Canada has long been a country of immigrants, largely selected for their ability to contribute to economic development. Though the source countries have evolved, the focus on employment-based immigration has remained, while also allowing for family reunification and refugee admissions.
Overall, given Canada’s geography (and the Safe Third-Country Agreement with the United States, which bars asylum seekers from filing duplicate claims in both countries), its immigration is heavily managed. The recent trickle of unauthorized land crossings from the United States is tiny in relation to the much larger scale of irregular migration and asylum-seeker flows to Europe and the United States, and is also small compared to Canada’s total annual intake of refugees. However, these spontaneous arrivals have understandably provoked some concerns about immigration management.
Competing priorities have driven shifts in Canadian immigration policy over the decades (see Table 1). Policies have generally moved toward greater skills-based immigration, diversification and removal of racial restrictions, expansion of the role of provincial governments, increased focus on integration services, and greater refugee resettlement.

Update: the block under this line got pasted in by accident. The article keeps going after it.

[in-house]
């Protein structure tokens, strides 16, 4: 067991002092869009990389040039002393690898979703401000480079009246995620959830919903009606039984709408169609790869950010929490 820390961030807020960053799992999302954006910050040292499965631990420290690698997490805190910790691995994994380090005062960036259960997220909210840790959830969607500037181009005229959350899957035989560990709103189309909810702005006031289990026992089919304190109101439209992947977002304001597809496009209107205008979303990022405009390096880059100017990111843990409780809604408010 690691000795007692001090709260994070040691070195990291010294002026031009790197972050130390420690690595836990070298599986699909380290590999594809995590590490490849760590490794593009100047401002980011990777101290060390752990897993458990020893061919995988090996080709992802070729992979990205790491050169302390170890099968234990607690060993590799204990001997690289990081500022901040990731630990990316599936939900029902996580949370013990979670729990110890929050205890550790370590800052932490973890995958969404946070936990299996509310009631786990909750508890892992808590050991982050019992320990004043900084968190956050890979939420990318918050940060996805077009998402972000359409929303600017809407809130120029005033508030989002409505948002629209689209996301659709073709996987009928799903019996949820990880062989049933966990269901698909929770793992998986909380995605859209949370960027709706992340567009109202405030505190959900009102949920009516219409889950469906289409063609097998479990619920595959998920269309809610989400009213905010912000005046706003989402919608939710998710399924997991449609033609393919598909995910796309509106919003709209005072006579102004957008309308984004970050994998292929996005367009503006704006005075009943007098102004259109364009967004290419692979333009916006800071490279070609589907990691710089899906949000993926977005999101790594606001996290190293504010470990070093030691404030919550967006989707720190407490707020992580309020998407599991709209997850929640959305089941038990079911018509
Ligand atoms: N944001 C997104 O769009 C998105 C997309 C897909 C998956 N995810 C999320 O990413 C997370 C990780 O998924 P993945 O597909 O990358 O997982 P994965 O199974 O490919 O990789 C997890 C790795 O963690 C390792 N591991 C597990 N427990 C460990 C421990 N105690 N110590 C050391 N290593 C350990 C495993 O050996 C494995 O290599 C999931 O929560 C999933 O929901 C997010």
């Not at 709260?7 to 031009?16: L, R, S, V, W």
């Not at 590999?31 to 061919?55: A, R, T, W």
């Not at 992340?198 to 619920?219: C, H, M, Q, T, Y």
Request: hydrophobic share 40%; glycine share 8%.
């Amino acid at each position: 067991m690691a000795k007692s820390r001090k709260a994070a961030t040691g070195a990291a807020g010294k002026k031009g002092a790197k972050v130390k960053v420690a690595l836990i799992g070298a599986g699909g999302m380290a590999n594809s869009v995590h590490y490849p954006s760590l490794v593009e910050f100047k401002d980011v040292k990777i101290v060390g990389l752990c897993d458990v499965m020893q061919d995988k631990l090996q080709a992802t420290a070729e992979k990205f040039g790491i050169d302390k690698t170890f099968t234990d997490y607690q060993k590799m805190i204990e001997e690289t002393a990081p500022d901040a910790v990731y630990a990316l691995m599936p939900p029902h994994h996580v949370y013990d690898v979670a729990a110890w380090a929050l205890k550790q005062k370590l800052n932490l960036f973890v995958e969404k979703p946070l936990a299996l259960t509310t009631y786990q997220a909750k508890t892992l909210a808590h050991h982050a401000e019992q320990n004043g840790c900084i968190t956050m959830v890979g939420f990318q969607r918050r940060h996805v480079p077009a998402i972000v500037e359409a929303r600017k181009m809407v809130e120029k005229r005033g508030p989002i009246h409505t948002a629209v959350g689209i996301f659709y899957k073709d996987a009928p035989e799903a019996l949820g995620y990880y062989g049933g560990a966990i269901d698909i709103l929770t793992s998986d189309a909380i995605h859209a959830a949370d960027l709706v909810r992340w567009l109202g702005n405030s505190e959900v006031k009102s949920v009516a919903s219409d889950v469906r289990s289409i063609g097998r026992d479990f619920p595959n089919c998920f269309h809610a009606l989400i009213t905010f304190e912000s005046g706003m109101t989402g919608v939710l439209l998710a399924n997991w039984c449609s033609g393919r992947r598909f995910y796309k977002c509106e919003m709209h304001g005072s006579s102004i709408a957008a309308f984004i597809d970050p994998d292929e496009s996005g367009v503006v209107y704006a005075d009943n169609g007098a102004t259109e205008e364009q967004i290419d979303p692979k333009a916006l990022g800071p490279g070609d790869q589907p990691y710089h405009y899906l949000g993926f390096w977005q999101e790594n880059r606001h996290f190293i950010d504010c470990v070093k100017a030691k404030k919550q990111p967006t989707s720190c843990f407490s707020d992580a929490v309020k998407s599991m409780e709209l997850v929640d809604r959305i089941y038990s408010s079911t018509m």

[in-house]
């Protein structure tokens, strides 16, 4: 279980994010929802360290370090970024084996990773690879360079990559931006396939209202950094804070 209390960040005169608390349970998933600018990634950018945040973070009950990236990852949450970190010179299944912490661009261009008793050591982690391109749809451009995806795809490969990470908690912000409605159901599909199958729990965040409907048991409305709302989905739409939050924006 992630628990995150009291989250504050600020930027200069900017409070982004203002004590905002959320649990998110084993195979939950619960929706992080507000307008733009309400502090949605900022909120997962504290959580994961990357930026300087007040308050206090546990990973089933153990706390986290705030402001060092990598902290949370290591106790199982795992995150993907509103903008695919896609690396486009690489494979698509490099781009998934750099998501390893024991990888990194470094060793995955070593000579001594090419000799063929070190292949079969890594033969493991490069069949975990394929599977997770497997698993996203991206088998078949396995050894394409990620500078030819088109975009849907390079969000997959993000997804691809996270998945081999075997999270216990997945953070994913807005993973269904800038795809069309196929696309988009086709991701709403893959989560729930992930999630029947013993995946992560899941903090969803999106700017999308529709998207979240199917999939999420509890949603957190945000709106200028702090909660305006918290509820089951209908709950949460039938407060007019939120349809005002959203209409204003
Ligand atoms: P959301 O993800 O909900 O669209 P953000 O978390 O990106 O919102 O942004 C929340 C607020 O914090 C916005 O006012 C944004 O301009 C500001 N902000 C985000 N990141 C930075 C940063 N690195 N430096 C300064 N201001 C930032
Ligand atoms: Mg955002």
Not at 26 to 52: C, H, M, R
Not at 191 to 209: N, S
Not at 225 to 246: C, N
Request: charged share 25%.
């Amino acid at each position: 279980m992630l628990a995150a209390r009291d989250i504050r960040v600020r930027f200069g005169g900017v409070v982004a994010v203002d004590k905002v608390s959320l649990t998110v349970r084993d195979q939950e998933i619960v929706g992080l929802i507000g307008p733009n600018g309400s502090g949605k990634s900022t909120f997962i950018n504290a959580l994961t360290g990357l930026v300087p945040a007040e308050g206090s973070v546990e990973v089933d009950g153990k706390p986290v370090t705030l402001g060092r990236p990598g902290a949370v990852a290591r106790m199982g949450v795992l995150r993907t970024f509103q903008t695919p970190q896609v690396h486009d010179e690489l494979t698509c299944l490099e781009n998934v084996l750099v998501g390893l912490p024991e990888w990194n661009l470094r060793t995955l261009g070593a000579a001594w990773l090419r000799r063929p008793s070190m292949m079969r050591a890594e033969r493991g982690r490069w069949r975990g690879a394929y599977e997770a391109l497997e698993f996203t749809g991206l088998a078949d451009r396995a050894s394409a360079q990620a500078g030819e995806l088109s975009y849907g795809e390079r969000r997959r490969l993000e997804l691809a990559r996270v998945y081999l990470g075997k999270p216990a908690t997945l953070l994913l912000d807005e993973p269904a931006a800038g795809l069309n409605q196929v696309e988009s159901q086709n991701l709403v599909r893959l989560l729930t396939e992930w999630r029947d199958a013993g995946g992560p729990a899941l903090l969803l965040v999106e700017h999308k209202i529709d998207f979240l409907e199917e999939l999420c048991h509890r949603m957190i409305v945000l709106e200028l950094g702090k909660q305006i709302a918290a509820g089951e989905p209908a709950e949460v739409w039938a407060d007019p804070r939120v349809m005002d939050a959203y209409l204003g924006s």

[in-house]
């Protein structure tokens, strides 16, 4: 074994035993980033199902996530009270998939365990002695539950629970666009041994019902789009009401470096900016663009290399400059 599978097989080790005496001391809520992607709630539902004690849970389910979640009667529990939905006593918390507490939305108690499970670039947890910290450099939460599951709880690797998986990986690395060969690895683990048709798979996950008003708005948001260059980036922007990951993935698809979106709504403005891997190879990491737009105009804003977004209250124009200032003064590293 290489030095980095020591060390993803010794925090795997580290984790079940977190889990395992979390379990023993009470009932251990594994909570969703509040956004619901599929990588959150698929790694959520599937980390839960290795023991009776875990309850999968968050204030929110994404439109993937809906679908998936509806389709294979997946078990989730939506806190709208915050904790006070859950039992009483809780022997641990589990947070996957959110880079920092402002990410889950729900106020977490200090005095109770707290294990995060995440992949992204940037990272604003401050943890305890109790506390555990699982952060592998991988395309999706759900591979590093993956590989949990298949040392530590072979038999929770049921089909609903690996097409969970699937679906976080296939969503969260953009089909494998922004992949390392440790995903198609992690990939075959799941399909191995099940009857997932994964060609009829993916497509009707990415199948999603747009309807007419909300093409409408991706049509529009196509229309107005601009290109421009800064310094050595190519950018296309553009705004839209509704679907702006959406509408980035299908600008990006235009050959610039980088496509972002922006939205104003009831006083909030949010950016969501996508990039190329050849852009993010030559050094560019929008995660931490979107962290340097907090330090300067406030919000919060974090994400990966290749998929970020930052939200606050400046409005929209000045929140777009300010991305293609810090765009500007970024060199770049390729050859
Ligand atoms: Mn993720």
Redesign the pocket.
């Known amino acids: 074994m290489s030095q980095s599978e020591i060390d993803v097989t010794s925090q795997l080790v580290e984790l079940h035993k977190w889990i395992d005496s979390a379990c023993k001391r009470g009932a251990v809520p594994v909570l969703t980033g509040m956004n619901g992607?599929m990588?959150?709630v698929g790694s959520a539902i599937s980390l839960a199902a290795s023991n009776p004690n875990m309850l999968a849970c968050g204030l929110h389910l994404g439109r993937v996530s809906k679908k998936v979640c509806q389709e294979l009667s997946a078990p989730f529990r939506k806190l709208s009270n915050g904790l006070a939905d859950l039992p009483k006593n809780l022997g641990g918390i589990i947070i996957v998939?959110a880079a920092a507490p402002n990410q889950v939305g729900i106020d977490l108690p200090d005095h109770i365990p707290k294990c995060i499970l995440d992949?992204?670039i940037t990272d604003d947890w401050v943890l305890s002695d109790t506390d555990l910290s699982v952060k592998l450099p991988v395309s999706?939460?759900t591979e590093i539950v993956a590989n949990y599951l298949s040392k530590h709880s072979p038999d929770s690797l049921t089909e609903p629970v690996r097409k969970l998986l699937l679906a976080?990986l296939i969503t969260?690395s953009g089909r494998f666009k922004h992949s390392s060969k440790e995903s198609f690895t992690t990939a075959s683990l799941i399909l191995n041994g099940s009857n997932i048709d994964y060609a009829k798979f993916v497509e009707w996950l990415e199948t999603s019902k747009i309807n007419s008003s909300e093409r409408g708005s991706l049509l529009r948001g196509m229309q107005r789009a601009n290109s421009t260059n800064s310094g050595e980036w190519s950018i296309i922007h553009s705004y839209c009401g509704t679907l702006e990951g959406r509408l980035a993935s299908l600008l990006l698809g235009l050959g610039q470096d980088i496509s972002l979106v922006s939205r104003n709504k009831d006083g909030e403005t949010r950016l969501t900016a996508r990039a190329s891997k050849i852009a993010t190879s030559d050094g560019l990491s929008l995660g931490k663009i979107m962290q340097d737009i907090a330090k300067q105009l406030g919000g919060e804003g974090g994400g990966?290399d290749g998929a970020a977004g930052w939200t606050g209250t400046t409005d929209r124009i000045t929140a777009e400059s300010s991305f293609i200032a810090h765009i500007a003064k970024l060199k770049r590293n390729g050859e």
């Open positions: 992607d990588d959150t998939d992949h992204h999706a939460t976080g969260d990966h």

Ongoing and Emerging Challenges
The Canadian model of integration, based on coherent immigration selection, settlement, citizenship, and multiculturalism policies, has been largely successful in terms of integrating newcomers to Canada. While the native born remain better off economically than immigrants, this gap decreases over time and generations. Overall, a higher share of immigrants and their children are university-educated compared to native-born Canadians, and members of the second generation with university degrees have similar median incomes to their peers with native-born parents. The largest public and private employers in Canada are generally representative of the populations they serve. Similarly, federal political representation of immigrants and their children largely reflects the proportion that are Canadian citizens (provincial government representation varies, however).
At the same time, the model has maintained host-society support for continued high levels of immigration (see Figure 3).
Chosen excerpts by Job Market Monitor. Read the whole story at Building a Mosaic: The Evolution of Canada’s Approach to Immigrant Integration | migrationpolicy.org